Girl and dad food shopping


Eating Well

Making healthy food choices is one of the most important ways you can help your family stay healthy. Eating well helps you feel good. It also helps you set a good example. It encourages your children to eat well throughout their lives.

Where to Find Help

California’s SNAP/food stamps program; food aid for people with low incomes.

California WIC (Women, Infants, and Children)
Advice and classes on breastfeeding and healthy eating; food coupons for women with low incomes.

Fast, Fresh, and Fun
Healthy-eating cookbook from First 5 California.

Food Bank Finder
Search for a California food bank.
Information on how to keep and prepare food safely, as well as food recalls.

More Resources

Things You Can Do

Eat Well at Restaurants

  • Order foods steamed, grilled, or baked instead of fried.

  • Ask for sauces and dressings on the side, so you can control how much you use.

  • Limit drinks that are high in sugar, like sodas and alcoholic drinks.

Prevent Food Poisoning

  • Wash your hands before and after you handle food.

  • Foods like milk, formula, meat, and eggs spoil quickly. Keep them refrigerated at 40 degrees or below.

  • Make sure meat, fish, poultry, and eggs are cooked through.

  • Wash fresh fruits and vegetables.

  • When you use utensils or cutting boards for raw meat, fish, or poultry, wash them with hot water and soap before you use them again.

What Are Healthy Foods?

For information about how much to feed children, see Feeding Toddlers and Your Preschooler from 3 to 5 Years.

  • Fruits and vegetables are healthy in many forms—fresh, canned, frozen, or dried. Try to give your family at least 5 servings a day. Try to eat orange or dark-green vegetables every day.

  • Whole grains are in foods like whole wheat bread, brown rice, and oatmeal. These have more nutrition and fiber than white bread or white rice. Have 6 to 8 servings of grains a day.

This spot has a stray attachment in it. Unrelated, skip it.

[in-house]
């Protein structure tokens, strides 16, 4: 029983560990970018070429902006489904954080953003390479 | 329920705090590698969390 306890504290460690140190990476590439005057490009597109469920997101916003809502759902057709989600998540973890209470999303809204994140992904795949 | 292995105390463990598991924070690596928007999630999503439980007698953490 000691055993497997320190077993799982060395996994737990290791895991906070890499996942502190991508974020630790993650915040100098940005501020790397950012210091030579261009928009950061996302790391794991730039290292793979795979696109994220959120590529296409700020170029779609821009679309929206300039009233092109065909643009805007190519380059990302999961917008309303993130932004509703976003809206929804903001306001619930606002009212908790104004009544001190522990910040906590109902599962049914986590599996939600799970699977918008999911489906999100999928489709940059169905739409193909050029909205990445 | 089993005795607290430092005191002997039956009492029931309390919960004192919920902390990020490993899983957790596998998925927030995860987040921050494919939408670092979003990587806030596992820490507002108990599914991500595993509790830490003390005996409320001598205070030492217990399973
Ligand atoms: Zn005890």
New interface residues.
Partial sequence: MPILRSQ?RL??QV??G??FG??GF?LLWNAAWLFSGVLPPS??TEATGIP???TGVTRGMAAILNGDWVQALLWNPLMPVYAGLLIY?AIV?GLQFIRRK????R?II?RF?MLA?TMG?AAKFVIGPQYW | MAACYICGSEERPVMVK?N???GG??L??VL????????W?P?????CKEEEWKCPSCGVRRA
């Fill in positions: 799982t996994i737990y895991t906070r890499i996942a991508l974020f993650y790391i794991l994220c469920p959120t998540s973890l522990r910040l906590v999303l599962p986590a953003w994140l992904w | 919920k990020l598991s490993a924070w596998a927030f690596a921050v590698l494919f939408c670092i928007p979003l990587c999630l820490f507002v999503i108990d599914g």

• Protein and dairy foods help the body grow and repair cells. Look for protein foods with less fat. These include chicken or turkey without the skin, tofu, or lean red meat. Nuts have protein and healthy fats. Adults should have between 5 and 6 ounces of protein a day.

  • Vegetable oils that are liquid at room temperature are the healthiest choices. Try to cook with corn, peanut, canola, or olive oil. Adults should not have more than 6 to 7 teaspoons of fat a day. Solid fats like butter, shortening, and lard can lead to heart disease. Trans fats also can lead to heart disease. Avoid packaged foods made with trans fats. You can see if a food contains trans fats if the ingredient list includes partially hydrogenated oils.

Foods to Eat with Care

  • Juice is less healthy than whole fruit. It has a lot of calories, and it doesn’t have the fiber you need.

  • Deli meats, bacon, sausage, and other cured or processed meats usually have a lot of salt and fat.

  • Potatoes, corn, and peas are starchy vegetables. They are part of a healthy diet, but they should be counted as grain servings.

  • Fish is a healthy protein food, but some types have too much mercury. Young children and women who are pregnant or breastfeeding should not eat shark, swordfish, king mackerel, or tilefish. Choose trout, salmon, catfish, shrimp, or sardines. Eat fish about twice a week.

Children Need Lots of Calcium

Calcium helps children’s bones and teeth grow. It keeps bones strong throughout life. Give your child plenty of foods that are rich in calcium, such as milk products, beans, tofu, broccoli, and dark-green leafy vegetables.


Feed your family lots of fruits and vegetables. Offer children a variety of healthy foods.

If You Need Food

  • CalFresh can help you buy food if you have a low income.

  • Ask your child care center or school about free lunch and breakfast programs.

  • You can find a food bank near you at the California Food Bank Finder.

  • WIC offers food vouchers or checks.